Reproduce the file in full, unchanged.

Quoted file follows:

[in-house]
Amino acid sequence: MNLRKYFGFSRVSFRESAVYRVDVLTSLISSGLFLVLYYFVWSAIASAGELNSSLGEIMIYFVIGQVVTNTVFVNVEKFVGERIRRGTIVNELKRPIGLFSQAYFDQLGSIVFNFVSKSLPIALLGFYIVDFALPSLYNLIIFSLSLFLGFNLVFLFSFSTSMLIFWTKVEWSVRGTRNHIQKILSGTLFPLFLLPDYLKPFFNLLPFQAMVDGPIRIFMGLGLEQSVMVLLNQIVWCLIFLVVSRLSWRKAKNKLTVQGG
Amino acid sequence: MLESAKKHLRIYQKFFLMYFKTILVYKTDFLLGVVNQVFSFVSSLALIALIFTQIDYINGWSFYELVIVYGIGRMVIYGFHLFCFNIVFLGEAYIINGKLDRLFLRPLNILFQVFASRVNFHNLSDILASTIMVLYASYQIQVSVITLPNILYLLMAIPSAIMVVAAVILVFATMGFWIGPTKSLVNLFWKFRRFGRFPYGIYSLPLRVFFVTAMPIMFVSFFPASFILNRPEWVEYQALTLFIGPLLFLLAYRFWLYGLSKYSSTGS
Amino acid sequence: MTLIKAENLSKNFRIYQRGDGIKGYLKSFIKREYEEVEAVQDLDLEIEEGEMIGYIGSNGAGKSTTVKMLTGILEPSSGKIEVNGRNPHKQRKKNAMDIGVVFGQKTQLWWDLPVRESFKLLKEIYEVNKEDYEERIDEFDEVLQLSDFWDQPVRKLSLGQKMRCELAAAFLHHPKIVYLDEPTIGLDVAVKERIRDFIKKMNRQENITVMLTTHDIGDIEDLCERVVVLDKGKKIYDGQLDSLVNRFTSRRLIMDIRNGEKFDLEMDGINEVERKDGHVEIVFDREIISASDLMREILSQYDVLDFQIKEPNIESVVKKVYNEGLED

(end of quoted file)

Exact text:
[in-house]
Amino acid sequence: MNLRKYFGFSRVSFRESAVYRVDVLTSLISSGLFLVLYYFVWSAIASAGELNSSLGEIMIYFVIGQVVTNTVFVNVEKFVGERIRRGTIVNELKRPIGLFSQAYFDQLGSIVFNFVSKSLPIALLGFYIVDFALPSLYNLIIFSLSLFLGFNLVFLFSFSTSMLIFWTKVEWSVRGTRNHIQKILSGTLFPLFLLPDYLKPFFNLLPFQAMVDGPIRIFMGLGLEQSVMVLLNQIVWCLIFLVVSRLSWRKAKNKLTVQGG
Amino acid sequence: MLESAKKHLRIYQKFFLMYFKTILVYKTDFLLGVVNQVFSFVSSLALIALIFTQIDYINGWSFYELVIVYGIGRMVIYGFHLFCFNIVFLGEAYIINGKLDRLFLRPLNILFQVFASRVNFHNLSDILASTIMVLYASYQIQVSVITLPNILYLLMAIPSAIMVVAAVILVFATMGFWIGPTKSLVNLFWKFRRFGRFPYGIYSLPLRVFFVTAMPIMFVSFFPASFILNRPEWVEYQALTLFIGPLLFLLAYRFWLYGLSKYSSTGS
Amino acid sequence: MTLIKAENLSKNFRIYQRGDGIKGYLKSFIKREYEEVEAVQDLDLEIEEGEMIGYIGSNGAGKSTTVKMLTGILEPSSGKIEVNGRNPHKQRKKNAMDIGVVFGQKTQLWWDLPVRESFKLLKEIYEVNKEDYEERIDEFDEVLQLSDFWDQPVRKLSLGQKMRCELAAAFLHHPKIVYLDEPTIGLDVAVKERIRDFIKKMNRQENITVMLTTHDIGDIEDLCERVVVLDKGKKIYDGQLDSLVNRFTSRRLIMDIRNGEKFDLEMDGINEVERKDGHVEIVFDREIISASDLMREILSQYDVLDFQIKEPNIESVVKKVYNEGLED